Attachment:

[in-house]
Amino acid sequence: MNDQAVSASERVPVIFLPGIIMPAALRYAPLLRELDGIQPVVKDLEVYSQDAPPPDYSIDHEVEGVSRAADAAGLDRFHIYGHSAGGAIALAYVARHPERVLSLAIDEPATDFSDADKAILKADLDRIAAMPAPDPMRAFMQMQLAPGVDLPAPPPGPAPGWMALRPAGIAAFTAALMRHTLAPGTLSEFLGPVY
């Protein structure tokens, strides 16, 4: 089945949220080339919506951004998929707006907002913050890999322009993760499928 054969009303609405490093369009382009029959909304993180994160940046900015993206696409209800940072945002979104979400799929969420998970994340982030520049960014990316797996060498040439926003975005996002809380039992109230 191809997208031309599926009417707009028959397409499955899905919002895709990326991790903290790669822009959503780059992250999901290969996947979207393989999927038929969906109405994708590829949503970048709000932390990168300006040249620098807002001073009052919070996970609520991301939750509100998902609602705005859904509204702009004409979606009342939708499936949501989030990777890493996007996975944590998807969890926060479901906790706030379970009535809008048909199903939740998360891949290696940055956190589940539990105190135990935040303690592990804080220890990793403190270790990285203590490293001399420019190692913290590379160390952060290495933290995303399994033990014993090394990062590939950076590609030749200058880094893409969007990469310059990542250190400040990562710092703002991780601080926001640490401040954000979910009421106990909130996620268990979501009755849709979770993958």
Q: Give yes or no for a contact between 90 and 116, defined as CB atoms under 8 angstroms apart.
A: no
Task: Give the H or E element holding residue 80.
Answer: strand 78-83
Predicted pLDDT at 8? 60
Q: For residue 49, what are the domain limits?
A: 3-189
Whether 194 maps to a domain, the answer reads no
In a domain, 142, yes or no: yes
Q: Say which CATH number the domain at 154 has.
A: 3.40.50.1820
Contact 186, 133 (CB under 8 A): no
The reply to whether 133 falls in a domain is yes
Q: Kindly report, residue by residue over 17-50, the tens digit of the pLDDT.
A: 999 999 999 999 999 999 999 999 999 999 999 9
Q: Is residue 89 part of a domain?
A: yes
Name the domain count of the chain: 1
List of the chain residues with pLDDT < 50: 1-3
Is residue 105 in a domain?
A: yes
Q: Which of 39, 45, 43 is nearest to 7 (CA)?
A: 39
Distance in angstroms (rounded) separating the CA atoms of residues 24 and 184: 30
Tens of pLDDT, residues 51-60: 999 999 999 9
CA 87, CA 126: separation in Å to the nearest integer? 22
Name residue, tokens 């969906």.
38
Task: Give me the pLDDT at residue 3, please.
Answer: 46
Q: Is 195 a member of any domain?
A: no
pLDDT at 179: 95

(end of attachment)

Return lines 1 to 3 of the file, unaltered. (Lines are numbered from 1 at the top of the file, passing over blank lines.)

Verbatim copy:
[in-house]
Amino acid sequence: MNDQAVSASERVPVIFLPGIIMPAALRYAPLLRELDGIQPVVKDLEVYSQDAPPPDYSIDHEVEGVSRAADAAGLDRFHIYGHSAGGAIALAYVARHPERVLSLAIDEPATDFSDADKAILKADLDRIAAMPAPDPMRAFMQMQLAPGVDLPAPPPGPAPGWMALRPAGIAAFTAALMRHTLAPGTLSEFLGPVY
């Protein structure tokens, strides 16, 4: 089945949220080339919506951004998929707006907002913050890999322009993760499928 054969009303609405490093369009382009029959909304993180994160940046900015993206696409209800940072945002979104979400799929969420998970994340982030520049960014990316797996060498040439926003975005996002809380039992109230 191809997208031309599926009417707009028959397409499955899905919002895709990326991790903290790669822009959503780059992250999901290969996947979207393989999927038929969906109405994708590829949503970048709000932390990168300006040249620098807002001073009052919070996970609520991301939750509100998902609602705005859904509204702009004409979606009342939708499936949501989030990777890493996007996975944590998807969890926060479901906790706030379970009535809008048909199903939740998360891949290696940055956190589940539990105190135990935040303690592990804080220890990793403190270790990285203590490293001399420019190692913290590379160390952060290495933290995303399994033990014993090394990062590939950076590609030749200058880094893409969007990469310059990542250190400040990562710092703002991780601080926001640490401040954000979910009421106990909130996620268990979501009755849709979770993958």